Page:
Some time ago we made mention of a lawsuit brought by Facebook against the folks at Teachbook. Well, in checking back on this matter, we found that the teachers have filed a motion to dismiss Facebook’s complaint. Facebook, naturally, has opposed this motion. While the matter remains undecided, the briefs merit some comment. Facebook Inc. v. Teachbook.com LLC.
Facebook started off by accusing the teachers of creating a “strawman” argument, namely that Facebook was claiming “blanket trademark rights in the word ‘book’ when used in connection with printed publications.” This strawman was created, obviously, for the express purpose of being knocked down. Facebook, too sophisticated to fall for such a transparent ploy, responded that it had made no such claim. Rather, it maintained that “the BOOK portion of the mark is distinctive when used with social networking services.” Indeed, Facebook had alleged in its complaint, that the teachers used “the mark TEACHBOOK in connection with an online website that offers social networking services for teachers…[and] Teachbook even admits that its services are a substitute for Facebook.”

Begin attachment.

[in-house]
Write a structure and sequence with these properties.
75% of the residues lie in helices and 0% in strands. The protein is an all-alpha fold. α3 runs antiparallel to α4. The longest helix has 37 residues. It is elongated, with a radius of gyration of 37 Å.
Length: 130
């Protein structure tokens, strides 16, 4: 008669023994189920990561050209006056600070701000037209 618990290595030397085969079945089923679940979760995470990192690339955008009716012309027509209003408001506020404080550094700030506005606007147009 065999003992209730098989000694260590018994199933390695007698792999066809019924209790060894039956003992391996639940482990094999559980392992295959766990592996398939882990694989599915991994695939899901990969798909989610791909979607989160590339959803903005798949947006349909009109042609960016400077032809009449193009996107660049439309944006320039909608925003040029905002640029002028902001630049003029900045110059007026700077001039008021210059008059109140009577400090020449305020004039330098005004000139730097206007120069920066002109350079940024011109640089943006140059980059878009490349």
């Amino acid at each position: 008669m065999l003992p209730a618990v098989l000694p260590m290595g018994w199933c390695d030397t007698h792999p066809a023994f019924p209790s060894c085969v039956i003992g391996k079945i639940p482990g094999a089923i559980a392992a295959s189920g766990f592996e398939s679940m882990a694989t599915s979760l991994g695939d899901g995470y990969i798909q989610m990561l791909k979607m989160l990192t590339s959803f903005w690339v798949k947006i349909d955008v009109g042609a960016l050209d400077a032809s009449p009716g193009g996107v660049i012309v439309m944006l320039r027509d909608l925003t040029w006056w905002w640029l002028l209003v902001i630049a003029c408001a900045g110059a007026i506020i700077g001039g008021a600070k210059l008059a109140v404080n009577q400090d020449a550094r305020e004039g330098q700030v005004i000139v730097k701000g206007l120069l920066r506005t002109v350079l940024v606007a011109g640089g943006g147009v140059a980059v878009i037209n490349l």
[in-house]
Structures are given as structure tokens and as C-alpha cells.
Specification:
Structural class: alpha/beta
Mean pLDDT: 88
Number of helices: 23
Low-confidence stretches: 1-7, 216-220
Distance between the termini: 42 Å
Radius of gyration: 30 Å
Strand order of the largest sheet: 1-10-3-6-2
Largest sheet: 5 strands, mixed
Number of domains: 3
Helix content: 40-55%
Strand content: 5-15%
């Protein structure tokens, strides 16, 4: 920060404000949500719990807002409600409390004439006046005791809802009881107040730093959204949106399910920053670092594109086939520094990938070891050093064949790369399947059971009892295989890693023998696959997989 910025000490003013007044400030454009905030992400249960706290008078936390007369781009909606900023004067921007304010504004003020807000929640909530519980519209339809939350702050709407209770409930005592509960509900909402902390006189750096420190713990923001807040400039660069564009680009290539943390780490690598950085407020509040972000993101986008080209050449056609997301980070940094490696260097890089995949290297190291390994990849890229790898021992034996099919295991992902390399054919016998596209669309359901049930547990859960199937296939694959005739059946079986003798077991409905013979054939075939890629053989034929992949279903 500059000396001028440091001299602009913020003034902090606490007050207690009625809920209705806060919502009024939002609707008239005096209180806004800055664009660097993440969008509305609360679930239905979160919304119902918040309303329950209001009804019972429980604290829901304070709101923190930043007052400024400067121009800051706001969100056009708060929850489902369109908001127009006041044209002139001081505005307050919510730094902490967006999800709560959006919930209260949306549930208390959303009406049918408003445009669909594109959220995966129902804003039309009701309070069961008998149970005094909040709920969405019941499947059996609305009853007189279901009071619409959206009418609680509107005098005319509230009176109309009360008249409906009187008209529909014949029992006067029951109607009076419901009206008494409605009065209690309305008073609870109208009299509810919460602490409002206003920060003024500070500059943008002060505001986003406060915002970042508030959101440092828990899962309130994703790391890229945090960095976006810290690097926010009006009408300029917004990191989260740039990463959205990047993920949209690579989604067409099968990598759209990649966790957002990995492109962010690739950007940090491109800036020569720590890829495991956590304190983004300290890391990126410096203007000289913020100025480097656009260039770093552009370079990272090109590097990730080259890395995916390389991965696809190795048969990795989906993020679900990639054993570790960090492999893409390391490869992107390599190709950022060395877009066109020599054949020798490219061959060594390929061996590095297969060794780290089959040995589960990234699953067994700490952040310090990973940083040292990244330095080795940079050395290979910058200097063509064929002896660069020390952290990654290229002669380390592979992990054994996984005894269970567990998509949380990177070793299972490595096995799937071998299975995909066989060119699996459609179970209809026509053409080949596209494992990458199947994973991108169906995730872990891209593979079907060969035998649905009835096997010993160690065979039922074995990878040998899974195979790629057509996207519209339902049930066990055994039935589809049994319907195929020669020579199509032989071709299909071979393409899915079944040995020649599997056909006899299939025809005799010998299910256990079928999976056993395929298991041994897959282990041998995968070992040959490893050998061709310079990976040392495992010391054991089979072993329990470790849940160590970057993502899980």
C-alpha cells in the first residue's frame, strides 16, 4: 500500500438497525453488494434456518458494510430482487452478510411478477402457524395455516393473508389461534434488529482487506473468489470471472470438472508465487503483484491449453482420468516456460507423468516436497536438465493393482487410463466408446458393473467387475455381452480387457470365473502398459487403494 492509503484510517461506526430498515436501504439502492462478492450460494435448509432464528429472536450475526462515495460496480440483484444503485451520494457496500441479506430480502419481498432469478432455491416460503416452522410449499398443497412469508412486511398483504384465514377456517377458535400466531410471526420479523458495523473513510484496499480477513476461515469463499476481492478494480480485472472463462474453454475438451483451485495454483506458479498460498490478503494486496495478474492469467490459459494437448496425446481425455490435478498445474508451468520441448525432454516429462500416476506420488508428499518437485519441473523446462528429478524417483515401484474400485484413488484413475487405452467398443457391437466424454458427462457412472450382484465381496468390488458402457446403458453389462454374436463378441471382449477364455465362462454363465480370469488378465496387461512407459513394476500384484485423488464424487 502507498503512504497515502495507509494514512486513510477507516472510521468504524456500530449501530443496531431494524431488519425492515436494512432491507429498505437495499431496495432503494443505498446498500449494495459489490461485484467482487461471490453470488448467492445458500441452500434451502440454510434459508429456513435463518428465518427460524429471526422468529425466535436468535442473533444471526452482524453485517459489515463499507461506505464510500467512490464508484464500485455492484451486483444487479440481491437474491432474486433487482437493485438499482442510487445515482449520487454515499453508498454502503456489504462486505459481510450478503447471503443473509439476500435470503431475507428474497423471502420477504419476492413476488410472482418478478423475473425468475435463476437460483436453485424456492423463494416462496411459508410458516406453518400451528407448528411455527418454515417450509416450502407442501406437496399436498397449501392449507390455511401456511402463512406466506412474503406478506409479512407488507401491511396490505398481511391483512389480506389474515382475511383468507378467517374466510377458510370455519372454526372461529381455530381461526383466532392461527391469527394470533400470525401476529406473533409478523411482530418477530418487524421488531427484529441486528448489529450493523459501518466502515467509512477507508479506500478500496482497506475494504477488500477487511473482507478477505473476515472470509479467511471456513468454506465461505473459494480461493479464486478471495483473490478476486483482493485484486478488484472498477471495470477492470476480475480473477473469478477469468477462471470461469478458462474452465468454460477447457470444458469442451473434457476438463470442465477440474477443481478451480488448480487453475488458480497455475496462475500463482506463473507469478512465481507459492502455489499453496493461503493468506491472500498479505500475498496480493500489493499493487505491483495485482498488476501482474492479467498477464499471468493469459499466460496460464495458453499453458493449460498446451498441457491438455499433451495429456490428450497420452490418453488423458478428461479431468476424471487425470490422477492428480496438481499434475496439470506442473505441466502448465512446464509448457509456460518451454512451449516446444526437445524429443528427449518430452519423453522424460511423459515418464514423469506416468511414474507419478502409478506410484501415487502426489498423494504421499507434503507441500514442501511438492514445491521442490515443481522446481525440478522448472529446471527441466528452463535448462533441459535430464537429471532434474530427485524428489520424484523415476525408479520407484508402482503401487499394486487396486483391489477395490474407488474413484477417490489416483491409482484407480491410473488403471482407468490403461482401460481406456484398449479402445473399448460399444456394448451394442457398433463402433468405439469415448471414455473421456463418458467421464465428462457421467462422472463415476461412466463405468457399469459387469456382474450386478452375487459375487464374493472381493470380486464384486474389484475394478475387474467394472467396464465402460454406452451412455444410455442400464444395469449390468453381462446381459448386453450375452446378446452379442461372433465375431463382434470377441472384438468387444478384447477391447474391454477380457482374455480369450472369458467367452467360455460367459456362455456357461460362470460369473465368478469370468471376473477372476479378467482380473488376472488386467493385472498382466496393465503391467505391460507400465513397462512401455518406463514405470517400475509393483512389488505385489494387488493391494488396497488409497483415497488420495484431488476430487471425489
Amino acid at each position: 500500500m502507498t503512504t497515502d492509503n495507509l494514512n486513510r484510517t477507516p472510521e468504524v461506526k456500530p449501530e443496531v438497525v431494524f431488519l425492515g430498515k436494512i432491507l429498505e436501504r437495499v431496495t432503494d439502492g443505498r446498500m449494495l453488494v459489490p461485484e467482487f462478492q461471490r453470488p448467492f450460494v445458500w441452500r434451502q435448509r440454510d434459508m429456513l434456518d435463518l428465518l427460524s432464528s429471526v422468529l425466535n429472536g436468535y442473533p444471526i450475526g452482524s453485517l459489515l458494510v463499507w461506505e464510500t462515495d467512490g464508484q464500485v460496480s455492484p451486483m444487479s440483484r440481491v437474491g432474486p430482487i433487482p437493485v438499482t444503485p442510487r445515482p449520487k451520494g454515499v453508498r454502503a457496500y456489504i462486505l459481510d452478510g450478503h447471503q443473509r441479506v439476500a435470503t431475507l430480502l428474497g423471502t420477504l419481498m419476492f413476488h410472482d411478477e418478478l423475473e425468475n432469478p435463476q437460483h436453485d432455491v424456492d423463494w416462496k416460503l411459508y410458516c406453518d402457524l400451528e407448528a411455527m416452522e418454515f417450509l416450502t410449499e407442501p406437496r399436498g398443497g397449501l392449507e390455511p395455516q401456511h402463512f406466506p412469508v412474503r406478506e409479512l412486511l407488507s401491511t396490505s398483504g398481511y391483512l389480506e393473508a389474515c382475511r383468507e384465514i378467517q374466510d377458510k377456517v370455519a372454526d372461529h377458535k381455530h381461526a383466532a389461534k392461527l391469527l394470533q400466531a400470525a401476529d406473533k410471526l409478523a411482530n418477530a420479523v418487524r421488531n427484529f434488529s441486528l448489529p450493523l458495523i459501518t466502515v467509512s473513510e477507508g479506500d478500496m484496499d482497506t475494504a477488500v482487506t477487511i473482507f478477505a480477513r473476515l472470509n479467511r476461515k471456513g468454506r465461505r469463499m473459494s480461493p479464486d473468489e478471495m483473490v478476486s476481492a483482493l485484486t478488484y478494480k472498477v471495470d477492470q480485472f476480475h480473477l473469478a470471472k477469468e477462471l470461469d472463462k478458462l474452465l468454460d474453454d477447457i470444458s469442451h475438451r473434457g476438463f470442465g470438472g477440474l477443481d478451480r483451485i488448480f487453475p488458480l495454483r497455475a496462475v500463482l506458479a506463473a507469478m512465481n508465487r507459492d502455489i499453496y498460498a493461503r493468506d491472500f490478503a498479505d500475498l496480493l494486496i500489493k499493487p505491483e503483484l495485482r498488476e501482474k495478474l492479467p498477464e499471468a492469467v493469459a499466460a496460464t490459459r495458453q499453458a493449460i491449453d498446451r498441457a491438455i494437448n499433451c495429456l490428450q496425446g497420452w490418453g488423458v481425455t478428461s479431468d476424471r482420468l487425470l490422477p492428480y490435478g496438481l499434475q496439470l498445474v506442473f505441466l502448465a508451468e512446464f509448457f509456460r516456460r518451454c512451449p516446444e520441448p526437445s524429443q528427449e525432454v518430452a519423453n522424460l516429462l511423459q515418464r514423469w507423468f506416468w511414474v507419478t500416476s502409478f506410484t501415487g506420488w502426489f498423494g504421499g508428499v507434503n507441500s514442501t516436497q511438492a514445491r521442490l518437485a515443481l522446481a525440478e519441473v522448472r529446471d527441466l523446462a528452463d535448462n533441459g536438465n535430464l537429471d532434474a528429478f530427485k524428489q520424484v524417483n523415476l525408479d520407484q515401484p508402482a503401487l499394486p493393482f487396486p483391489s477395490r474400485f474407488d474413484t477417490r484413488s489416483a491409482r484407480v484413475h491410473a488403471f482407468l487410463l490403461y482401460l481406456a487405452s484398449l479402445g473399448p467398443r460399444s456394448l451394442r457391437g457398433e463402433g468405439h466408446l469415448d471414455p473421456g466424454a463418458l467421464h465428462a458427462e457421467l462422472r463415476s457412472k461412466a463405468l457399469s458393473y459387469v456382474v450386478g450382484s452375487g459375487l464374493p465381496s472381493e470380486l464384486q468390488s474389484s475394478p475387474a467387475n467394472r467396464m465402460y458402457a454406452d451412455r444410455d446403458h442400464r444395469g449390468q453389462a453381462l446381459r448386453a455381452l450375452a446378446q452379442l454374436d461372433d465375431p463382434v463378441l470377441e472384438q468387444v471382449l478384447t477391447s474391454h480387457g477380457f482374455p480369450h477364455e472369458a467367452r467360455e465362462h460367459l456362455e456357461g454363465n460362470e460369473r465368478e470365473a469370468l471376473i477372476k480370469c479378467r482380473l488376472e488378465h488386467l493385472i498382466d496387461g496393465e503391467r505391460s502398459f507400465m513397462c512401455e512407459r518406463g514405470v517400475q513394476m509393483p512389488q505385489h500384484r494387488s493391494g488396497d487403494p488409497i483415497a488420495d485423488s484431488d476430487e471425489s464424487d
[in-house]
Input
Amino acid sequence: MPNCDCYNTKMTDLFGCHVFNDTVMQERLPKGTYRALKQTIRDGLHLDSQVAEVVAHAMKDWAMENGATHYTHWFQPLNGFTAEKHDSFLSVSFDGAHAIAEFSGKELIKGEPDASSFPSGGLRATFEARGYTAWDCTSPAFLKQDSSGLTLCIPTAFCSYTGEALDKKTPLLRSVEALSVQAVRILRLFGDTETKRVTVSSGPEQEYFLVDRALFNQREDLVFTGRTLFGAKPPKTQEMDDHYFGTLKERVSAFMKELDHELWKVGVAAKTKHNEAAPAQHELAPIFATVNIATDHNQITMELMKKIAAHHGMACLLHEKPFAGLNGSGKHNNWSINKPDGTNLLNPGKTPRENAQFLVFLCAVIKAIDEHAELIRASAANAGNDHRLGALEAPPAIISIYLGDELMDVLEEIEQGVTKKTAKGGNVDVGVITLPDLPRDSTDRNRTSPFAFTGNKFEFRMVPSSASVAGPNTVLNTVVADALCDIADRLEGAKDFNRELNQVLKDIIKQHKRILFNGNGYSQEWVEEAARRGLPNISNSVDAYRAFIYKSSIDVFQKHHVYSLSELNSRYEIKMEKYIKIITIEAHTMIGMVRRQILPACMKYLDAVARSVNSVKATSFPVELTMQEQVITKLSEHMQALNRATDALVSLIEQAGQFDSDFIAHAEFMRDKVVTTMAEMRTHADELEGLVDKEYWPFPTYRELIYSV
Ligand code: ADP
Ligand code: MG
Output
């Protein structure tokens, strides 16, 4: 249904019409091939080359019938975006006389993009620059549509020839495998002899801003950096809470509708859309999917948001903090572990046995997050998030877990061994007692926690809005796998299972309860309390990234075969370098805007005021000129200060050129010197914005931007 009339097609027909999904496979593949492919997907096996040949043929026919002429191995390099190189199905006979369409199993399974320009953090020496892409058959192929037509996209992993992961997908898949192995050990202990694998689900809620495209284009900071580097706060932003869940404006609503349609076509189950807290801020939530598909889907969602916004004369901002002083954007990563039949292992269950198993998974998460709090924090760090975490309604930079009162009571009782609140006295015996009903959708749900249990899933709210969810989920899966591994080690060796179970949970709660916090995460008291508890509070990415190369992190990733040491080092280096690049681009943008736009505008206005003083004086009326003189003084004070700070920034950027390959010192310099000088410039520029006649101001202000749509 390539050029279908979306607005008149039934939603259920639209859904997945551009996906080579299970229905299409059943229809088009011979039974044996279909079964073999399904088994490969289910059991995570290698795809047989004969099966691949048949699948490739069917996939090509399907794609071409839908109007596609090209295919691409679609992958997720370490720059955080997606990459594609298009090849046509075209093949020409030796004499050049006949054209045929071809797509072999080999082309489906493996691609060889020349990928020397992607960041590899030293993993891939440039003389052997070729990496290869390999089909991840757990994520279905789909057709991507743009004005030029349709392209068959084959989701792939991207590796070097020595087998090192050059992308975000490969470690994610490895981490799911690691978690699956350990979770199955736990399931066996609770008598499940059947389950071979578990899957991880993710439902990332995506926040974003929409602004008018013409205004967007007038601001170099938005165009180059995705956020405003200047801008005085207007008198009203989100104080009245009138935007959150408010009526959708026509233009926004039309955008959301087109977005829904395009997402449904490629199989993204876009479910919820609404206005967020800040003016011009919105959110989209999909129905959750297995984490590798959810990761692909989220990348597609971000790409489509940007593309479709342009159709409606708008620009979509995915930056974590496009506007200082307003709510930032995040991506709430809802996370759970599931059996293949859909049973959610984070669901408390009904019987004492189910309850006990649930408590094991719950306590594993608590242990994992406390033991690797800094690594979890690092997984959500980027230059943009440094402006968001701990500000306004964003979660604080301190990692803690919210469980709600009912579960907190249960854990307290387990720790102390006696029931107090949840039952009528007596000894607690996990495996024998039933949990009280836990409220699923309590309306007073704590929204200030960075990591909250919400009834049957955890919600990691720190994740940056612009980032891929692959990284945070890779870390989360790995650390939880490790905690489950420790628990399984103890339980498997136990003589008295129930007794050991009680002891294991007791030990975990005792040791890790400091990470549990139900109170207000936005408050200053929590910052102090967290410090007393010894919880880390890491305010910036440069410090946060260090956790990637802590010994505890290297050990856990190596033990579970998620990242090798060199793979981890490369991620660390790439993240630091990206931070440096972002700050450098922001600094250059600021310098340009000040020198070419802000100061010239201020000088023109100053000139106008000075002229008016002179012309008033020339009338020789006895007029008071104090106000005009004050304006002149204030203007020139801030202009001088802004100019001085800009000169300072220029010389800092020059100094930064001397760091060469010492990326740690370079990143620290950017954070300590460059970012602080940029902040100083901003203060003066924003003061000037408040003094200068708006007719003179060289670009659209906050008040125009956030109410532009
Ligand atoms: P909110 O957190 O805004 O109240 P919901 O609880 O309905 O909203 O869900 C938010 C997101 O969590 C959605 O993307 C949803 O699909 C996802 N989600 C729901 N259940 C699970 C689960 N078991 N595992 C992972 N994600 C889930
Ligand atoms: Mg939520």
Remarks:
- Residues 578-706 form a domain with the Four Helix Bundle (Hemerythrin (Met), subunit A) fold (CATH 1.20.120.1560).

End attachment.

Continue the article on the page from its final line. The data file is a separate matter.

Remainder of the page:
Having dodged the falling strawman, Facebook went on the offensive, arguing that Teachbook’s motion to dismiss was improper “because it relies on hundreds of pages of material outside the pleadings,” including a 349 – page attorney declaration comprising challenges to Facebook’s factual allegations. Specifically, the declaration includes:
1. Printouts from Facebook’s website;
2. A “purported (but unauthenticated)” Facebook filing from a European trademark proceeding;
3. Trademark registration certificates and printouts from the USPTO database;
4. Printouts of “alleged dictionary definitions” of the words “book” and “facebook;” and
5. A printout of a Facebook group that Teachbook contends is critical of Facebook’s litigation against Teachbook.
The teachers, it seems, wanted the Court to take “judicial notice” of the various materials in this declaration on the grounds that they were “all matters of public record.” Facebook argued that such judicial notice of public records was “permitted” only if the facts in those records are not subject to reasonable dispute.” However, it is not the accuracy or veracity of the materials to which Facebook objected, but the “evidentiary value.” What Facebook really found objectionable is the submission of evidence, by the teachers, in a motion to dismiss. In this regard, Facebook is probably correct. The motion to dismiss will likely be denied. If the matter is not settled, the teachers will ultimately present the same evidence to a jury. Unfortunately, for the teachers, most – if not all – of these materials seem to miss the mark. The issue here is whether the mark FACEBOOK is distinctive when used in connection with social networking services. The teachers, seemingly, have overlooked this point, which we noted in a previous blog entry (see: No Laughing Matter).
Much as we like to side with David, in this case, we predict victory for Goliath.